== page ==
People are good at estimating how much they spend on food, both in restaurants and at home. The Seattle Obesity Study, based on 447 households, compared self-reported food expenditures with actual food store and restaurant receipts collected over a period of two weeks. Being able to estimate food expenditures opens to the door to new studies in nutrition economics on whether eating healthy adds to consumer food costs.
Participants were adult men and women who were the primary food shoppers for the household. They were asked to estimate how much money the household spent per week at supermarkets or grocery stores, and how much on eating out, including at cafeterias, vending machines, and schools. They were also asked to keep all food expense receipts for groceries and eating out for the entire household for a period of two weeks.
Based on household receipts, the average per person food expenditures at grocery stores was $96, as compared to $90 estimated by self-reporting. The corresponding per person amounts for eating out were $45 from receipts and $43 from self-reports. As expected, higher education and higher income were each associated with higher per person spending at food stores and on eating out. Higher-income households were also more likely to underestimate what they spent on food when compared to actual receipts.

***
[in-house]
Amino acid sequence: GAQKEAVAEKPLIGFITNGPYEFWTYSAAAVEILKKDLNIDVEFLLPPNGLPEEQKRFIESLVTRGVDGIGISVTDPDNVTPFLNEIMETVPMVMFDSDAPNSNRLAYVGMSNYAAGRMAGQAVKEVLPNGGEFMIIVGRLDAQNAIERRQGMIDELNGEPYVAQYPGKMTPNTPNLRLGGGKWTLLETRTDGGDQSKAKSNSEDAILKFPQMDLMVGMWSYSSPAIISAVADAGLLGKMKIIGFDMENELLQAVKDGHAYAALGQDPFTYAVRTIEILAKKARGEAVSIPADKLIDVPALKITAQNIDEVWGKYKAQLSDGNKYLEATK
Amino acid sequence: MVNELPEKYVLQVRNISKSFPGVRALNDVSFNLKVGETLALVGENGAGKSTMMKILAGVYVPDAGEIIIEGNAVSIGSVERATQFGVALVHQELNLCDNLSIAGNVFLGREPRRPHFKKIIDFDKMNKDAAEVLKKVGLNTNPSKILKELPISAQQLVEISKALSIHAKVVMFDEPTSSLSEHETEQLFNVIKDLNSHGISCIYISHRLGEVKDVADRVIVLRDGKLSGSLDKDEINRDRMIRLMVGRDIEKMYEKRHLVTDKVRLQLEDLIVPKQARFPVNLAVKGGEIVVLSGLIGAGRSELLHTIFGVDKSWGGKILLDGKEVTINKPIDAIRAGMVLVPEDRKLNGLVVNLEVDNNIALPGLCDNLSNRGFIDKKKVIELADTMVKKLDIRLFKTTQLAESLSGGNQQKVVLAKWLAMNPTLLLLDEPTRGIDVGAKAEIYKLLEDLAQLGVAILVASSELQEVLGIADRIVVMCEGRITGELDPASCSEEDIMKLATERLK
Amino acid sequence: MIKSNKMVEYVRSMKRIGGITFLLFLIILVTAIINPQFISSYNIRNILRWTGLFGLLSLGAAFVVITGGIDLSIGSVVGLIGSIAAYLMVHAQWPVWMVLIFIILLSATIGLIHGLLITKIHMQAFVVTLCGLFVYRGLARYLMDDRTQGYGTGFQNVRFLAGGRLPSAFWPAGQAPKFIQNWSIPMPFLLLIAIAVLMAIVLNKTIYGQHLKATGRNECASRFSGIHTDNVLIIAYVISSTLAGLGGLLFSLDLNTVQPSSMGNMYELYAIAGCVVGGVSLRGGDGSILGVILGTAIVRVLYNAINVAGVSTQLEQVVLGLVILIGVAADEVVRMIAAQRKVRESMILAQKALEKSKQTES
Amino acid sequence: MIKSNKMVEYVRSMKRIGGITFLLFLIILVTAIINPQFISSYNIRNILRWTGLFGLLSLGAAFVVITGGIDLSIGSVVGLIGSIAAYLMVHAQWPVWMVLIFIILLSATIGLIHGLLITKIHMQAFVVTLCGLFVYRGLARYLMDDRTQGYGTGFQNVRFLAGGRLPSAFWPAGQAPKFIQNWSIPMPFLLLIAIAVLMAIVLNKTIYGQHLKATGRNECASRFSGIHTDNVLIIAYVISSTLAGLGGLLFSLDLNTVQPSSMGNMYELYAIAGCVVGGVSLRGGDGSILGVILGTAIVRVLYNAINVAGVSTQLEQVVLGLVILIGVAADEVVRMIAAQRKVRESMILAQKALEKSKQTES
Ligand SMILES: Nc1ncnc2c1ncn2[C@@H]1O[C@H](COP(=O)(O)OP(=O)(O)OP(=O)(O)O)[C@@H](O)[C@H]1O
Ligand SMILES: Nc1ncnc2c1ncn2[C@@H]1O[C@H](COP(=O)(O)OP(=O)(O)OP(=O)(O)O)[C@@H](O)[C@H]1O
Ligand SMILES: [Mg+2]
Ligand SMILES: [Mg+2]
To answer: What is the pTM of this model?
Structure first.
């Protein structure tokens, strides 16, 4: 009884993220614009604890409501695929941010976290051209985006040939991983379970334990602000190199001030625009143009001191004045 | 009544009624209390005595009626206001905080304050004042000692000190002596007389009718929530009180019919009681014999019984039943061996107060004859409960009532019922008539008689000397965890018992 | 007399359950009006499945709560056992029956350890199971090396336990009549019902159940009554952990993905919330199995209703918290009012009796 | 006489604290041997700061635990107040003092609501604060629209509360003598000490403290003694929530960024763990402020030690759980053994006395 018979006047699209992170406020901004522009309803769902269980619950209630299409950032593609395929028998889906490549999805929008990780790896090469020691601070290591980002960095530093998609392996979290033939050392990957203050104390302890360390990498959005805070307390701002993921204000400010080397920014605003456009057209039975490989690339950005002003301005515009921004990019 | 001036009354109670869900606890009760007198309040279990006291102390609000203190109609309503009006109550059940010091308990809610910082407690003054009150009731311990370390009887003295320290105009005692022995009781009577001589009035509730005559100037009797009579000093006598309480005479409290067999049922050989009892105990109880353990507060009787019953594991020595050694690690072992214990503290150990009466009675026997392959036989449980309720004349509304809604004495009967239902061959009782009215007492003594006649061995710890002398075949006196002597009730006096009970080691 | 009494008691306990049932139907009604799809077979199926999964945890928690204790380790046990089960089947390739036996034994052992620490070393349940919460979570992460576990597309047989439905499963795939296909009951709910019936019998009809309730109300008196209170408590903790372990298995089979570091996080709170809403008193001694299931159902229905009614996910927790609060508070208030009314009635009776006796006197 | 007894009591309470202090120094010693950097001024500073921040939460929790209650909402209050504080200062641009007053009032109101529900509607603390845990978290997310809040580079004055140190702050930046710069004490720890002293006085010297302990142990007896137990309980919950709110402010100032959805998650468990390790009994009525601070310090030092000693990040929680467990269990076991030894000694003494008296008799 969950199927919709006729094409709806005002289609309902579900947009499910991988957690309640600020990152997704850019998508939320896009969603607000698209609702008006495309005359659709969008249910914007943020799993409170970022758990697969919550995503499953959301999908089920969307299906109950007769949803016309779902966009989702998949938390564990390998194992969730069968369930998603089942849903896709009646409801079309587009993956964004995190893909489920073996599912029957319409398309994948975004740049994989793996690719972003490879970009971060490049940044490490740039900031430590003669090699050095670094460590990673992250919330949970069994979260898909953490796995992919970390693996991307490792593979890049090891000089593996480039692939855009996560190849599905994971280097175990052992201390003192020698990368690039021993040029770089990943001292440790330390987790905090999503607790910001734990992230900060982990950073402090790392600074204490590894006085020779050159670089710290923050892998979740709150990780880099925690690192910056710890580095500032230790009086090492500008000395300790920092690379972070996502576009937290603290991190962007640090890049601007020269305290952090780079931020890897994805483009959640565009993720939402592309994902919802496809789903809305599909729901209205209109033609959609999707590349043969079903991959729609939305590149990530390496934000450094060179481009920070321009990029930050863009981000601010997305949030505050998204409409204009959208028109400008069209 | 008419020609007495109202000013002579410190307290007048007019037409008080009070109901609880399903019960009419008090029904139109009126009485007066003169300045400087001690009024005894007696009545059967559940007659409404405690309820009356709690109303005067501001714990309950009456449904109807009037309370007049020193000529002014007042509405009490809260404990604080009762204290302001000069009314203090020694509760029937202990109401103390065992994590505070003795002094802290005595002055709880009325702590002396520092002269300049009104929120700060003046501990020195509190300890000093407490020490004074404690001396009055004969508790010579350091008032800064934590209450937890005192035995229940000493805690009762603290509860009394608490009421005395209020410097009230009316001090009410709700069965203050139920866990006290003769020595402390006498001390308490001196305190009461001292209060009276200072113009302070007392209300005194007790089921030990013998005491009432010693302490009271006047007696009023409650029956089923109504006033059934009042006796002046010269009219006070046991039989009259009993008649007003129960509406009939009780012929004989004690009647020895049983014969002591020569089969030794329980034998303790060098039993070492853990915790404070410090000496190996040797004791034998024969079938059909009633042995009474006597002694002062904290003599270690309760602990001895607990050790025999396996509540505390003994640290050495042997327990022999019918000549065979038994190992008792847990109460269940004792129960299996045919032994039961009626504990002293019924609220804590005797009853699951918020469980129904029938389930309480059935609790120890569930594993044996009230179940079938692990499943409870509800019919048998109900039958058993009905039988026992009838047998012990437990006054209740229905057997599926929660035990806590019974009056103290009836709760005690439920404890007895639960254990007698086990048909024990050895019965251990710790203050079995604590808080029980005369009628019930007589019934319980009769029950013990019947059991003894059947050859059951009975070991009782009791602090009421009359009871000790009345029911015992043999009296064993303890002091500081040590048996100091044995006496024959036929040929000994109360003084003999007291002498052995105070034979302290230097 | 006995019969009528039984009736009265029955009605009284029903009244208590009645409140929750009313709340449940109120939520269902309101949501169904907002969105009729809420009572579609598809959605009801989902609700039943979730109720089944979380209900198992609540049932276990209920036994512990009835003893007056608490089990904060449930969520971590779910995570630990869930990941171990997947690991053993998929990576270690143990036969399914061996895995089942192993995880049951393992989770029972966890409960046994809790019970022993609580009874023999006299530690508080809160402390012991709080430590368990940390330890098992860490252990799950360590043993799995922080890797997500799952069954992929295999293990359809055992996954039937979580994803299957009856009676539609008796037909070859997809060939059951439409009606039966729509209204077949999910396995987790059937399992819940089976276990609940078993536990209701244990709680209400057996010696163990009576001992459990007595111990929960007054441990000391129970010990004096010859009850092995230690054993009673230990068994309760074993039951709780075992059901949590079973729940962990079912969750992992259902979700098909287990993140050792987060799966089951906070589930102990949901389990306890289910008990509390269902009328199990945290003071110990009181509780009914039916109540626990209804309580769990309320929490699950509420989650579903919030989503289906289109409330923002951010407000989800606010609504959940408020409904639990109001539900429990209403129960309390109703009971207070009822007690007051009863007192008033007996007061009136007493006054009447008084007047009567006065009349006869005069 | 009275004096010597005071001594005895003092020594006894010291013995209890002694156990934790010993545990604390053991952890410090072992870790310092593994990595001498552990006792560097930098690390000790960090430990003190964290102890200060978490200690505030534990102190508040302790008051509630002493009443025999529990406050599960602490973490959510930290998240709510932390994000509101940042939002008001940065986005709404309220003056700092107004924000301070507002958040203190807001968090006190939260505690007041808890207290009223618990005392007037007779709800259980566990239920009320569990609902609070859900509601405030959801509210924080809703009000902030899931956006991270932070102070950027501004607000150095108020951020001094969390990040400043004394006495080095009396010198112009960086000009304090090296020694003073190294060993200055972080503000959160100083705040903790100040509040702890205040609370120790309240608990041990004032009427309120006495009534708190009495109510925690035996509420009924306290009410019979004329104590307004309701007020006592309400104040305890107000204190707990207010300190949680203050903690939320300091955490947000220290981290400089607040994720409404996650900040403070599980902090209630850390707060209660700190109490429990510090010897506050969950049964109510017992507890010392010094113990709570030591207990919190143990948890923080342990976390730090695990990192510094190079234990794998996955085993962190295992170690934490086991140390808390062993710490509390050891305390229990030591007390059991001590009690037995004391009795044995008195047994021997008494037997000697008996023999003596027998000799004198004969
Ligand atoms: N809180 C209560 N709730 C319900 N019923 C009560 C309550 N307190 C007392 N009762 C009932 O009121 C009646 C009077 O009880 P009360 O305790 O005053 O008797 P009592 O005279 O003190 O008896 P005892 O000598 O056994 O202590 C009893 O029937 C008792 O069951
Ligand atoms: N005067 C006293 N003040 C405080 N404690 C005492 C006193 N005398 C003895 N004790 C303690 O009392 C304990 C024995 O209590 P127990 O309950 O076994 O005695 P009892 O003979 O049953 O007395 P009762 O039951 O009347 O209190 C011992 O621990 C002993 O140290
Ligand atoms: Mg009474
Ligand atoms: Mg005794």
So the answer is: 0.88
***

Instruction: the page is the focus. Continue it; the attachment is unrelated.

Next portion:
The study represents the first validation of food expenditure questions included in the National Health and Nutrition Examination Survey (NHANES), an ongoing federal study on diets and health. NHANES findings are used drive and inform public health nutrition policy and programs.
The study was conducted by the Center for Public Health Nutrition in the School of Public Health and the Urban Form Lab at the University of Washington.
The study was just published in the European Journal of Clinical Nutrition. Researchers included Dr. Anju Aggarwal, Dr. Colin Rehm, Dr. Anne Vernez Moudon, and Dr. Adam Drewnowski.